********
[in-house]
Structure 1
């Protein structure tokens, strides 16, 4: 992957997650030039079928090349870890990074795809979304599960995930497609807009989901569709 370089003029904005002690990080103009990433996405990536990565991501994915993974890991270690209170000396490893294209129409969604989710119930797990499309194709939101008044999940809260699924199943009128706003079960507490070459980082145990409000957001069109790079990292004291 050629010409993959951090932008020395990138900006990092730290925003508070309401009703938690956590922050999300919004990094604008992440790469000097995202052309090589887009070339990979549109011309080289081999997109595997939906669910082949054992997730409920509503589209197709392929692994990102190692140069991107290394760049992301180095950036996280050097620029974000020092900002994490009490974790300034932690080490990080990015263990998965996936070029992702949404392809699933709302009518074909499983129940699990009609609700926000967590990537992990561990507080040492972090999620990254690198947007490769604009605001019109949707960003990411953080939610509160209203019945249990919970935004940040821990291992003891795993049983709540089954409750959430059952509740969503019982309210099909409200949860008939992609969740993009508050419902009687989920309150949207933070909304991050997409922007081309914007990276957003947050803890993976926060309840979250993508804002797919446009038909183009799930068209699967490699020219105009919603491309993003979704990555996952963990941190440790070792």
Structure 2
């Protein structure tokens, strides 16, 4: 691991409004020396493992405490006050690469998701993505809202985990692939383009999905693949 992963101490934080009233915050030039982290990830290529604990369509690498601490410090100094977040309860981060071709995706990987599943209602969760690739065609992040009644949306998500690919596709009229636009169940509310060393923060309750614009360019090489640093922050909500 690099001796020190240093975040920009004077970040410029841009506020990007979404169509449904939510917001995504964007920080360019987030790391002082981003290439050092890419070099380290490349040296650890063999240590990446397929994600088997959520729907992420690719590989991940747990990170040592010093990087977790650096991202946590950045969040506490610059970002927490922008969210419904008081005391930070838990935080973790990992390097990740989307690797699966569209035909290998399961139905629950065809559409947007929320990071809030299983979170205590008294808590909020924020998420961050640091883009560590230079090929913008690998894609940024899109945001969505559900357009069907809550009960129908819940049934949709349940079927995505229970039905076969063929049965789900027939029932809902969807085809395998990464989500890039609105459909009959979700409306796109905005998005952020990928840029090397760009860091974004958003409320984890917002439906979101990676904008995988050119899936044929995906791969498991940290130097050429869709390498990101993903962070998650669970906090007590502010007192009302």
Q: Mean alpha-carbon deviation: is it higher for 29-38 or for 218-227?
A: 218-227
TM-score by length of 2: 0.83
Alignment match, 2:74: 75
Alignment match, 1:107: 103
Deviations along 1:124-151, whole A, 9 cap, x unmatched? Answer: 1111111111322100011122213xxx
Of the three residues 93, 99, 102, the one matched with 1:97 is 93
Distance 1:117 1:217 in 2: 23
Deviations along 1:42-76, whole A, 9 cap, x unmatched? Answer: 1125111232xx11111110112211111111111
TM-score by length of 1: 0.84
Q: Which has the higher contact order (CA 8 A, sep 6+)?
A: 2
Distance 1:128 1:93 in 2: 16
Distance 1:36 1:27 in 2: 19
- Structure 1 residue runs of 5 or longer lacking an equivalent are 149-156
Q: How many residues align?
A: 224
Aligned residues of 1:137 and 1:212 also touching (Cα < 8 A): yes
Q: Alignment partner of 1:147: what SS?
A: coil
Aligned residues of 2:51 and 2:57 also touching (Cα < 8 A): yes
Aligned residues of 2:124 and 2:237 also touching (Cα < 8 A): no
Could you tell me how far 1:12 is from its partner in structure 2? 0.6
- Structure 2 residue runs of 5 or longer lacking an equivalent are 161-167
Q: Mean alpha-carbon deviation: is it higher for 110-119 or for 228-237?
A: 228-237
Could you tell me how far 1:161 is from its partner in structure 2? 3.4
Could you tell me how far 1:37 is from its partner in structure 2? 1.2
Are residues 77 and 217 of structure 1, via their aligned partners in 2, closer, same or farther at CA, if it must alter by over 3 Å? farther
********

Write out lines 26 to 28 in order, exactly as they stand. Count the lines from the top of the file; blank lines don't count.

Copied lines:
Aligned residues of 2:51 and 2:57 also touching (Cα < 8 A): yes
Aligned residues of 2:124 and 2:237 also touching (Cα < 8 A): no
Could you tell me how far 1:12 is from its partner in structure 2? 0.6